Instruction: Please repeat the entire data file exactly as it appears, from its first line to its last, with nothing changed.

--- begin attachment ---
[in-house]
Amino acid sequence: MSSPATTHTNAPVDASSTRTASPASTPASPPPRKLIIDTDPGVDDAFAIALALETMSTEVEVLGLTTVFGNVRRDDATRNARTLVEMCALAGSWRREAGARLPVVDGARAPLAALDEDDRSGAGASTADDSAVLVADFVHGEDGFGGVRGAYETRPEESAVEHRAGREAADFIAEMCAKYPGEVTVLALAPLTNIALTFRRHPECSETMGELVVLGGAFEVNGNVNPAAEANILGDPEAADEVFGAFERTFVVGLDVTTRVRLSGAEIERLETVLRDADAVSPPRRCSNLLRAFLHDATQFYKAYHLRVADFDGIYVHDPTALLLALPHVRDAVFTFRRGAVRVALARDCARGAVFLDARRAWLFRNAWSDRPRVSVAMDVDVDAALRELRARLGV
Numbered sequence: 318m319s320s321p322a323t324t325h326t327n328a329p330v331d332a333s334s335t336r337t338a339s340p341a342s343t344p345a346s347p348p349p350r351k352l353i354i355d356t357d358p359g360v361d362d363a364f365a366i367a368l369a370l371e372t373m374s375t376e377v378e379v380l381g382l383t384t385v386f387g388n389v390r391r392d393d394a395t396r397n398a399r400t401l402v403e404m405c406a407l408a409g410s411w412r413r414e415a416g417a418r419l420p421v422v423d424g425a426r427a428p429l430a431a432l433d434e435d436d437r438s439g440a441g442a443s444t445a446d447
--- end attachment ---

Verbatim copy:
[in-house]
Amino acid sequence: MSSPATTHTNAPVDASSTRTASPASTPASPPPRKLIIDTDPGVDDAFAIALALETMSTEVEVLGLTTVFGNVRRDDATRNARTLVEMCALAGSWRREAGARLPVVDGARAPLAALDEDDRSGAGASTADDSAVLVADFVHGEDGFGGVRGAYETRPEESAVEHRAGREAADFIAEMCAKYPGEVTVLALAPLTNIALTFRRHPECSETMGELVVLGGAFEVNGNVNPAAEANILGDPEAADEVFGAFERTFVVGLDVTTRVRLSGAEIERLETVLRDADAVSPPRRCSNLLRAFLHDATQFYKAYHLRVADFDGIYVHDPTALLLALPHVRDAVFTFRRGAVRVALARDCARGAVFLDARRAWLFRNAWSDRPRVSVAMDVDVDAALRELRARLGV
Numbered sequence: 318m319s320s321p322a323t324t325h326t327n328a329p330v331d332a333s334s335t336r337t338a339s340p341a342s343t344p345a346s347p348p349p350r351k352l353i354i355d356t357d358p359g360v361d362d363a364f365a366i367a368l369a370l371e372t373m374s375t376e377v378e379v380l381g382l383t384t385v386f387g388n389v390r391r392d393d394a395t396r397n398a399r400t401l402v403e404m405c406a407l408a409g410s411w412r413r414e415a416g417a418r419l420p421v422v423d424g425a426r427a428p429l430a431a432l433d434e435d436d437r438s439g440a441g442a443s444t445a446d447